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North Little Rock farmer works to get more women into farming

Agriculture is the largest industry in Arkansas— we spoke with one woman who's working hard to increase female farm ownership in the Natural State.

NORTH LITTLE ROCK, Ark. — According to the Arkansas Farm Bureau, there are 49,000 fams in our state, and because of this Agriculture is actually the largest industry in the Natural State.

Kesha Cobbs is an urban farmer who started growing her own fruits and vegetables about 15 years ago right in her own backyard. 

“I started initially because I remember the day, I had to choose between buying something healthy or putting gas in my car to take my son to school. And I’m like what gives? So, this beautiful food is coming out of the ground, and I need to be able to grow it,” said Cobb.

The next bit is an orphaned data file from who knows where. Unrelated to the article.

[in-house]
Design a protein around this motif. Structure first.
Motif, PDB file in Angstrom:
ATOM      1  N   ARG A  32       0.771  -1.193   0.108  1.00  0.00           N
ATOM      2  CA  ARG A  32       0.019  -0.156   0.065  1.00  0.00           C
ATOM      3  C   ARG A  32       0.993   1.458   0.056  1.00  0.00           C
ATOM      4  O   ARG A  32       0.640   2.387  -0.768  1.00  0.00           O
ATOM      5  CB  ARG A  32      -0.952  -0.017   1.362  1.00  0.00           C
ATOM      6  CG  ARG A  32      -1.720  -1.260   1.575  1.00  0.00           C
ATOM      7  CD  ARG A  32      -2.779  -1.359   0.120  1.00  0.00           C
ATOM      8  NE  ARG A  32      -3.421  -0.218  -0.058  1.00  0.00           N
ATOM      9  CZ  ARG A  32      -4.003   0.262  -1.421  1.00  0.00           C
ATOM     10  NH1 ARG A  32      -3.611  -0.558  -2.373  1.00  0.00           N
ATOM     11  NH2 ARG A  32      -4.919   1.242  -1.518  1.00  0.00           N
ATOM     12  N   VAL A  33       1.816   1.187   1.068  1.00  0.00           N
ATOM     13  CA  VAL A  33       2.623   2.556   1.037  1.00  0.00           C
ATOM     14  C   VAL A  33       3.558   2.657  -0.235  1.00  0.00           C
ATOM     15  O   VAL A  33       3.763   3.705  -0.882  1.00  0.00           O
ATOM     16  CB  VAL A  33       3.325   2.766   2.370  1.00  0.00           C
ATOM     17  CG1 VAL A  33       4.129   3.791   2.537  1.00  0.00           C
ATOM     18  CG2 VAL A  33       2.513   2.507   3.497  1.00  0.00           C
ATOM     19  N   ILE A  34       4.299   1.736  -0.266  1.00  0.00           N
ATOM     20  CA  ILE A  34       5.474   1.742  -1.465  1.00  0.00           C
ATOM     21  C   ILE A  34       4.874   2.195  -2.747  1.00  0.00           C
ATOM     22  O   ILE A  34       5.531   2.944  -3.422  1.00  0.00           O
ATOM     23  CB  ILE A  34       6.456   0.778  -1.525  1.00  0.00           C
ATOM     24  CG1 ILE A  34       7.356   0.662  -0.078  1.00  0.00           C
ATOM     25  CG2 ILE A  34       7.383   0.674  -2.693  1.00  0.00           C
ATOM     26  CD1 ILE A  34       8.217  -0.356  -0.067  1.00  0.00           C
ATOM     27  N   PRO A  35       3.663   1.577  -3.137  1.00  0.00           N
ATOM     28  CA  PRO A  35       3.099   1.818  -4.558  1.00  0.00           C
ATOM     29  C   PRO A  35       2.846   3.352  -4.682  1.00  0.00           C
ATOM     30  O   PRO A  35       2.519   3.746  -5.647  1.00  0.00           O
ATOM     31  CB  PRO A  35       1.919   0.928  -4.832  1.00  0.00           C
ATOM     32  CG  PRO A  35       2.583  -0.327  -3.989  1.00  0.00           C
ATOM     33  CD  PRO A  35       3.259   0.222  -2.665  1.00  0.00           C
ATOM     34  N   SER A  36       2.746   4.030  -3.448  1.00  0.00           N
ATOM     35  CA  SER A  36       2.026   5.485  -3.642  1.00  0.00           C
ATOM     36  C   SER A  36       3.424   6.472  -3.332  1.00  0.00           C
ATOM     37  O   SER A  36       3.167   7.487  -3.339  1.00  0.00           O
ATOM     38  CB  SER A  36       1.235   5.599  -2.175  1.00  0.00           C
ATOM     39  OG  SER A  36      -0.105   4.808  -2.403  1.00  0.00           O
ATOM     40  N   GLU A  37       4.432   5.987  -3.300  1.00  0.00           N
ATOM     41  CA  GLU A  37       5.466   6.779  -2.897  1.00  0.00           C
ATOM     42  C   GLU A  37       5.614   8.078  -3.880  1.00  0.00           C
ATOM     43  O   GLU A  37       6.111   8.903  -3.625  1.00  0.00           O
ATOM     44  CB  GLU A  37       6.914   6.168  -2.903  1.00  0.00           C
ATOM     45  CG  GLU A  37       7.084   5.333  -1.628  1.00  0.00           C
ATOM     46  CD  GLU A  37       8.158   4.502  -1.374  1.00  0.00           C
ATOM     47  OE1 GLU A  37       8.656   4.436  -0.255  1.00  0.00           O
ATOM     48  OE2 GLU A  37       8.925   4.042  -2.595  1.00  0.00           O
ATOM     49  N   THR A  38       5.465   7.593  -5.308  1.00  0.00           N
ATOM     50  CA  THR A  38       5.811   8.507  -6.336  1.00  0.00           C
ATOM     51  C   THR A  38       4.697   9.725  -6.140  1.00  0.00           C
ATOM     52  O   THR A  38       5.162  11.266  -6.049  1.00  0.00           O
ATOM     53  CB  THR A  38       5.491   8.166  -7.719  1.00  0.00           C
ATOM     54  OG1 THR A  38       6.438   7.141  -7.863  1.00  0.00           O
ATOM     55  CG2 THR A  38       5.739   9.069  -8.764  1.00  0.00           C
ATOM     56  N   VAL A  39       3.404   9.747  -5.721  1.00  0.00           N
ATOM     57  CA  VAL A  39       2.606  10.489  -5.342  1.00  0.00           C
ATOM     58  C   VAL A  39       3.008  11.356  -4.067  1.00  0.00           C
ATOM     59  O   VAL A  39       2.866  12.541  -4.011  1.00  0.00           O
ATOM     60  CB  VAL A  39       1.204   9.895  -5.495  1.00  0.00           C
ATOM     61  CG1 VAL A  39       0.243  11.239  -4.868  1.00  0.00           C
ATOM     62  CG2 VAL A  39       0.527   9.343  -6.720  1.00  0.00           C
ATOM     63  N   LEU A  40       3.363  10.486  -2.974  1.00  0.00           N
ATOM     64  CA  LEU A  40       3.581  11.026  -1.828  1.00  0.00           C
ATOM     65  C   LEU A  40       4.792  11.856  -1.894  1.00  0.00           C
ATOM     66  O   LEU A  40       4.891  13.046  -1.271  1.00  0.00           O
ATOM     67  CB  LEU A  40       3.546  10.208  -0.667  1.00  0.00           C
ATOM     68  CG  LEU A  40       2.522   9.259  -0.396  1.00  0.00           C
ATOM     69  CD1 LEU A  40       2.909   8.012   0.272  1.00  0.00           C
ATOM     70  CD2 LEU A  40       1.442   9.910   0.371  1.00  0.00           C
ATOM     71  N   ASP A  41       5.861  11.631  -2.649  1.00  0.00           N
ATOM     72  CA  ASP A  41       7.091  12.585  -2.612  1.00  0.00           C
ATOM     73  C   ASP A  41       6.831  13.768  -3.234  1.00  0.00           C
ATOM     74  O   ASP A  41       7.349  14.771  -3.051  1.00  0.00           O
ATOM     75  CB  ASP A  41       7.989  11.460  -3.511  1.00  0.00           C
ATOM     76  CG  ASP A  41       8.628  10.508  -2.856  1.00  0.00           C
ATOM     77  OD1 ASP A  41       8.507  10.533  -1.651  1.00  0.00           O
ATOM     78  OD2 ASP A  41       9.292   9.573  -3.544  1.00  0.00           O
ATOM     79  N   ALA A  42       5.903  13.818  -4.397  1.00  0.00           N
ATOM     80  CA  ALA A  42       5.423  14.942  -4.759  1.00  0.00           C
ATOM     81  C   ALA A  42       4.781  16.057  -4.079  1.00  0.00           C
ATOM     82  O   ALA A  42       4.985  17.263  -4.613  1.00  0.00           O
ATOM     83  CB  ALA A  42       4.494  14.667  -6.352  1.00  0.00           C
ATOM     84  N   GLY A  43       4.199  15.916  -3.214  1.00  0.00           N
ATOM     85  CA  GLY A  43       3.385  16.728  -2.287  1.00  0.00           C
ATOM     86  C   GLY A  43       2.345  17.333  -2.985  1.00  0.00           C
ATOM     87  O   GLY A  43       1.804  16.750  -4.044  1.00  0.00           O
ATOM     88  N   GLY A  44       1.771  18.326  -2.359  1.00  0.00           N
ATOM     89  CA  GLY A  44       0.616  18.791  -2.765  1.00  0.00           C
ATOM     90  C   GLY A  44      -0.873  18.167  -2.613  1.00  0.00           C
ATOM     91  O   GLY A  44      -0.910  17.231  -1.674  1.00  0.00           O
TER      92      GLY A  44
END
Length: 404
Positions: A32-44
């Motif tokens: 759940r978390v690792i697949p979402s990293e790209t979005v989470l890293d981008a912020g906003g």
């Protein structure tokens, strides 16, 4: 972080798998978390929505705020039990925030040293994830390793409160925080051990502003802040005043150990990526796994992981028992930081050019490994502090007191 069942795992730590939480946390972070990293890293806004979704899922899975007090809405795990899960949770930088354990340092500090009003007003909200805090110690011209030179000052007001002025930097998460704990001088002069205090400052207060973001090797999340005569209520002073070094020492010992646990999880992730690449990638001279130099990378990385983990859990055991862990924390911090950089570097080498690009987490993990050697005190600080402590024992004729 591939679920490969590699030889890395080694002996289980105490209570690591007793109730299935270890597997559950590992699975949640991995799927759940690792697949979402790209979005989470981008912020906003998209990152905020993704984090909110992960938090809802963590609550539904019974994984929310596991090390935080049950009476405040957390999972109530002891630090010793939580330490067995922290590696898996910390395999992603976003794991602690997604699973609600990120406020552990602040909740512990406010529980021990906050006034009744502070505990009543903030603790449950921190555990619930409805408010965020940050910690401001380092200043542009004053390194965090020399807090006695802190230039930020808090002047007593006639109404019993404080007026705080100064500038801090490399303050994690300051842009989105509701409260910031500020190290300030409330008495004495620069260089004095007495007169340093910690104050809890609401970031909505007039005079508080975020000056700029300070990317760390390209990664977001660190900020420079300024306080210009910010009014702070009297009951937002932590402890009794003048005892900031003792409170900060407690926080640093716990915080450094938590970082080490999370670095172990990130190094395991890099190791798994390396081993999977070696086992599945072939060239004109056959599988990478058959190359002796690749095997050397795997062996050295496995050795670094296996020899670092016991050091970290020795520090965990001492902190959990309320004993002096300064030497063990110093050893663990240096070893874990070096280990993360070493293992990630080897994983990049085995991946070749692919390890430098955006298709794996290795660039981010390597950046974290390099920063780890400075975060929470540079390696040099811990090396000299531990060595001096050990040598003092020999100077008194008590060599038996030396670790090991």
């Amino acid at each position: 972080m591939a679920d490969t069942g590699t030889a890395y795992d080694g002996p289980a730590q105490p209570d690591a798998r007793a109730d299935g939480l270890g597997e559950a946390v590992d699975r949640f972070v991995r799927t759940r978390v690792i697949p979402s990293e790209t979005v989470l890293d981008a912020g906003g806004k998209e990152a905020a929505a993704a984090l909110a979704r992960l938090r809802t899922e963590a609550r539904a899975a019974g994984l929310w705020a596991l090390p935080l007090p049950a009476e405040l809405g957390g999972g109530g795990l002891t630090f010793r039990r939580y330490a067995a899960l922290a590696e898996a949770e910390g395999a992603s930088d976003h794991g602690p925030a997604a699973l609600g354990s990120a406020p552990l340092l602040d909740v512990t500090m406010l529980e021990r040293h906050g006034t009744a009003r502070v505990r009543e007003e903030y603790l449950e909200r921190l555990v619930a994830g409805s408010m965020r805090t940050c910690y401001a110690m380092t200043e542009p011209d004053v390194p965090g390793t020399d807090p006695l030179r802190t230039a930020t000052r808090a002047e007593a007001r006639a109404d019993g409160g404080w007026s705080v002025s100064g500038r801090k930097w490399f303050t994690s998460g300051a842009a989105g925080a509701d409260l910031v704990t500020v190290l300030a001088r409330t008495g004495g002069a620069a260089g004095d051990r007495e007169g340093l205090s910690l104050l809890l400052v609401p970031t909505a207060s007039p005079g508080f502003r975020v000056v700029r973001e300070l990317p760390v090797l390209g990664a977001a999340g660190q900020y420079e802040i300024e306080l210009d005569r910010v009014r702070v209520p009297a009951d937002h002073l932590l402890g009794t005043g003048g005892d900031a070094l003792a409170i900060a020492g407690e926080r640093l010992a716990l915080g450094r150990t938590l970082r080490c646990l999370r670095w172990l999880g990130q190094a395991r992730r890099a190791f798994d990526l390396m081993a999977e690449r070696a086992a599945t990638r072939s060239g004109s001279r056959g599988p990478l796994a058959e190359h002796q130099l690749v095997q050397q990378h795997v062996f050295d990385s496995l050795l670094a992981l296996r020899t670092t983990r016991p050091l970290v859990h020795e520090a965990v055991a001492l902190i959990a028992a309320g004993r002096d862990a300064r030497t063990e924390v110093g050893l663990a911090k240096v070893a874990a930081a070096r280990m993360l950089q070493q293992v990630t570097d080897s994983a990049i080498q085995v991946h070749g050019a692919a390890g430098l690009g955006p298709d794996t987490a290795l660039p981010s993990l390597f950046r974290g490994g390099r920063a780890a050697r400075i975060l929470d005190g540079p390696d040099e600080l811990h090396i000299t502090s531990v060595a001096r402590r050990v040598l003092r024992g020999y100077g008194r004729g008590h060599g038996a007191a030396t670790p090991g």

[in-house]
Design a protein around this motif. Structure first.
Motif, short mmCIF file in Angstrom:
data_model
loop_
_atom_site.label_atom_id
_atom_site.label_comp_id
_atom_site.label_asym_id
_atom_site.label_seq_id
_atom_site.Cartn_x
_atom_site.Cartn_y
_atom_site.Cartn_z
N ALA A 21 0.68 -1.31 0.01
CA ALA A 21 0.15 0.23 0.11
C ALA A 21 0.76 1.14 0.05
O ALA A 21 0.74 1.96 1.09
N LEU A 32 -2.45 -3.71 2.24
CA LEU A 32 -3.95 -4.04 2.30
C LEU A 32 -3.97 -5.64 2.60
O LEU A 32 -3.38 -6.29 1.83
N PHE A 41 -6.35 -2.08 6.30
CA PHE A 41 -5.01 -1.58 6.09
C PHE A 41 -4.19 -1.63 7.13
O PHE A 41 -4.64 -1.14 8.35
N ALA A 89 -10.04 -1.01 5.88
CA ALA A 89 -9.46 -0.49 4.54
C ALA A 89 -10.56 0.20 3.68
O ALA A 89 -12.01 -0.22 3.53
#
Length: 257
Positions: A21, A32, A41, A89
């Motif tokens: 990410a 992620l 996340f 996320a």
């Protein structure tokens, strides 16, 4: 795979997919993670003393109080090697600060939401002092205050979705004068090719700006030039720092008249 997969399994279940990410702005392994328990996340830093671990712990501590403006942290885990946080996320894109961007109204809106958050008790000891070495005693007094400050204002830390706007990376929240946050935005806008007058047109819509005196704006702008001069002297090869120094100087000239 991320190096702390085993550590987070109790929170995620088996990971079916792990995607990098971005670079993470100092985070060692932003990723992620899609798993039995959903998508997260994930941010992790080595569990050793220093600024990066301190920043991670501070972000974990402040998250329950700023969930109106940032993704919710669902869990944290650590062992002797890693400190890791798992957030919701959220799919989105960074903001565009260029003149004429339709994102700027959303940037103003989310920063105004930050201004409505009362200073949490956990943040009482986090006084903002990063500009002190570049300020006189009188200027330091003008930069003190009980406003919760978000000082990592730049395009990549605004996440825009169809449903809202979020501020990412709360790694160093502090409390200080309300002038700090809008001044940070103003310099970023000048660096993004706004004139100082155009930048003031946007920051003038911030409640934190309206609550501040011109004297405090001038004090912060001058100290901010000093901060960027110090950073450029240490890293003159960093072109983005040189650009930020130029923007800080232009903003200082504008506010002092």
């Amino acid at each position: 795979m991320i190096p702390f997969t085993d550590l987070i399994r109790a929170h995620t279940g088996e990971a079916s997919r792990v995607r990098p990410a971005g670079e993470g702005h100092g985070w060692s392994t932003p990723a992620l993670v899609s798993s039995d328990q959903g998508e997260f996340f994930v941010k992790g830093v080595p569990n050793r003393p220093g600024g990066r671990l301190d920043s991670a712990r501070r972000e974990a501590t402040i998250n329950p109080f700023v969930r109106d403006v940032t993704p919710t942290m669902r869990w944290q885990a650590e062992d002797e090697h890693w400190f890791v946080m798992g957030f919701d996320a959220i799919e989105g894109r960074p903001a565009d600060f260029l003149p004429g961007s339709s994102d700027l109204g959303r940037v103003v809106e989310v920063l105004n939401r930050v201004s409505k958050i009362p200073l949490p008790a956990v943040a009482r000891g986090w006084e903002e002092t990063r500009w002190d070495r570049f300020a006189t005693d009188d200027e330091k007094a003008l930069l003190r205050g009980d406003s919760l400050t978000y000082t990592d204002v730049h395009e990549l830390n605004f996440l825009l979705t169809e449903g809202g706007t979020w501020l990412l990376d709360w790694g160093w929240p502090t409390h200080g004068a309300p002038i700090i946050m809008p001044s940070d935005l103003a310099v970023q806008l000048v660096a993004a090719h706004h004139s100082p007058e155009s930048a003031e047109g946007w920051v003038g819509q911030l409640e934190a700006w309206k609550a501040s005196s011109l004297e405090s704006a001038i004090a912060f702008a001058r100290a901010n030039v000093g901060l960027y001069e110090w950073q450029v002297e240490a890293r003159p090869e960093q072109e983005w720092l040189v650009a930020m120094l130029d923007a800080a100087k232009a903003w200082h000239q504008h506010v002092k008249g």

Over the years Cobb has taught other people how to do the same thing in their backyard.

“Now I have a pop-up farmers market here at my house and I can collect snap benefits for that and teach other people how to do the same,” she explained.

She also said that her goal is to inspire other women.

“I don't see a lot of farmers that are Black women, I don't see a lot of farmers that are women,” said Cobb. “So, with us representing less than 1% of farmers in the state, it's very important for me to see representation.”

This led her to start a chapter of National Women in Agriculture right here in the Natural State. 

“Black women only comprise 400 farmers in the state,” said Cobb. “So, we want to only not only empower Black women but women as a whole to enter the agriculture industry where it's the number one industry in Arkansas.”

The chapter has been up and running for about a year, and Cobb hopes it will continue to grow.

“We're working on a project right now to bring in 1000 little girls into the organization and established the youngest farmers in Arkansas,” Cobb explained.

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